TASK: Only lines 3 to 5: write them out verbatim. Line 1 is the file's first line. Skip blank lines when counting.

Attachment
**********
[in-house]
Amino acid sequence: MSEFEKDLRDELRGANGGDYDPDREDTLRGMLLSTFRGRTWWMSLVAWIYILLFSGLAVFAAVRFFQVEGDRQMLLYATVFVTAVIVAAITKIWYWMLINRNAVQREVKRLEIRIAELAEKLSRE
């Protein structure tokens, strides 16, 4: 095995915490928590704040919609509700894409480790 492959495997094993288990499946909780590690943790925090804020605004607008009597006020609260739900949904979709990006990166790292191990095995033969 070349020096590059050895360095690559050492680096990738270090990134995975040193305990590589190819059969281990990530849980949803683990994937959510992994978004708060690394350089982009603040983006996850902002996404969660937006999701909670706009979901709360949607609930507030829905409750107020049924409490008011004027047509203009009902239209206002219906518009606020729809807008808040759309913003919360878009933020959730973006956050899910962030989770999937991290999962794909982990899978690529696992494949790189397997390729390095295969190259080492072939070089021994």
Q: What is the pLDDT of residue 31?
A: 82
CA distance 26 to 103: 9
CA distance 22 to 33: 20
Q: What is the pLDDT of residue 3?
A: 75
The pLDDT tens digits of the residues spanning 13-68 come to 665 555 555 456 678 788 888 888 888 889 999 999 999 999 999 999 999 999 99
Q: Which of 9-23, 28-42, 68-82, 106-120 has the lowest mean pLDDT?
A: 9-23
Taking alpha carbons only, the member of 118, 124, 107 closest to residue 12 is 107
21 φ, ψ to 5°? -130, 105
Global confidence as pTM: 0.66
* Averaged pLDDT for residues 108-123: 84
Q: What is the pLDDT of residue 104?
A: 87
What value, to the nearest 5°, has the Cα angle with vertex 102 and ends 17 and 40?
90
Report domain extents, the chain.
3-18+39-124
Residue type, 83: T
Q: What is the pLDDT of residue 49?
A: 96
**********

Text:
């Protein structure tokens, strides 16, 4: 095995915490928590704040919609509700894409480790 492959495997094993288990499946909780590690943790925090804020605004607008009597006020609260739900949904979709990006990166790292191990095995033969 070349020096590059050895360095690559050492680096990738270090990134995975040193305990590589190819059969281990990530849980949803683990994937959510992994978004708060690394350089982009603040983006996850902002996404969660937006999701909670706009979901709360949607609930507030829905409750107020049924409490008011004027047509203009009902239209206002219906518009606020729809807008808040759309913003919360878009933020959730973006956050899910962030989770999937991290999962794909982990899978690529696992494949790189397997390729390095295969190259080492072939070089021994």
Q: What is the pLDDT of residue 31?
A: 82